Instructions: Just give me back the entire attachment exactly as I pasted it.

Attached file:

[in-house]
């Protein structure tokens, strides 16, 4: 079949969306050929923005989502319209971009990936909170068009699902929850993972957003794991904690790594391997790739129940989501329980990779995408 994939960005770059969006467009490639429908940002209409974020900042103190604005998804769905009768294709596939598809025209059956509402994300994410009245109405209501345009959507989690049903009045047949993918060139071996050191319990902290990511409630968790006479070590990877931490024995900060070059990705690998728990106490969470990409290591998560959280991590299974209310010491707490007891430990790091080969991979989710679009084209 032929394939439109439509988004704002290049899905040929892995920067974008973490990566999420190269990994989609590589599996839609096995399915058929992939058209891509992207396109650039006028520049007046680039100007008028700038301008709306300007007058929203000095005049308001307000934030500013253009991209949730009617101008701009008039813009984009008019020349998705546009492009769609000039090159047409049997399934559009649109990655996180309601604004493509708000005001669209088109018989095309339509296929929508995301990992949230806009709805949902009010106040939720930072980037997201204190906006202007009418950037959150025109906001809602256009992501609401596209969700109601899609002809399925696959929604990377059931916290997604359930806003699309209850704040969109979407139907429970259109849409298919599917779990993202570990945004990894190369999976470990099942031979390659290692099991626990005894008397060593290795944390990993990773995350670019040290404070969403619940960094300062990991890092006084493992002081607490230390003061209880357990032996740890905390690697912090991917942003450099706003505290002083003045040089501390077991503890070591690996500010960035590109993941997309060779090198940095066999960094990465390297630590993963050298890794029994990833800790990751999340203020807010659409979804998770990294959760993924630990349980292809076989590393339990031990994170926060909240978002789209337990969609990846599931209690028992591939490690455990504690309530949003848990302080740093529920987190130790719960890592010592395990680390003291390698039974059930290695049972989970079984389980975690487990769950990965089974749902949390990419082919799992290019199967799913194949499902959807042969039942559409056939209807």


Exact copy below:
[in-house]
């Protein structure tokens, strides 16, 4: 079949969306050929923005989502319209971009990936909170068009699902929850993972957003794991904690790594391997790739129940989501329980990779995408 994939960005770059969006467009490639429908940002209409974020900042103190604005998804769905009768294709596939598809025209059956509402994300994410009245109405209501345009959507989690049903009045047949993918060139071996050191319990902290990511409630968790006479070590990877931490024995900060070059990705690998728990106490969470990409290591998560959280991590299974209310010491707490007891430990790091080969991979989710679009084209 032929394939439109439509988004704002290049899905040929892995920067974008973490990566999420190269990994989609590589599996839609096995399915058929992939058209891509992207396109650039006028520049007046680039100007008028700038301008709306300007007058929203000095005049308001307000934030500013253009991209949730009617101008701009008039813009984009008019020349998705546009492009769609000039090159047409049997399934559009649109990655996180309601604004493509708000005001669209088109018989095309339509296929929508995301990992949230806009709805949902009010106040939720930072980037997201204190906006202007009418950037959150025109906001809602256009992501609401596209969700109601899609002809399925696959929604990377059931916290997604359930806003699309209850704040969109979407139907429970259109849409298919599917779990993202570990945004990894190369999976470990099942031979390659290692099991626990005894008397060593290795944390990993990773995350670019040290404070969403619940960094300062990991890092006084493992002081607490230390003061209880357990032996740890905390690697912090991917942003450099706003505290002083003045040089501390077991503890070591690996500010960035590109993941997309060779090198940095066999960094990465390297630590993963050298890794029994990833800790990751999340203020807010659409979804998770990294959760993924630990349980292809076989590393339990031990994170926060909240978002789209337990969609990846599931209690028992591939490690455990504690309530949003848990302080740093529920987190130790719960890592010592395990680390003291390698039974059930290695049972989970079984389980975690487990769950990965089974749902949390990419082919799992290019199967799913194949499902959807042969039942559409056939209807």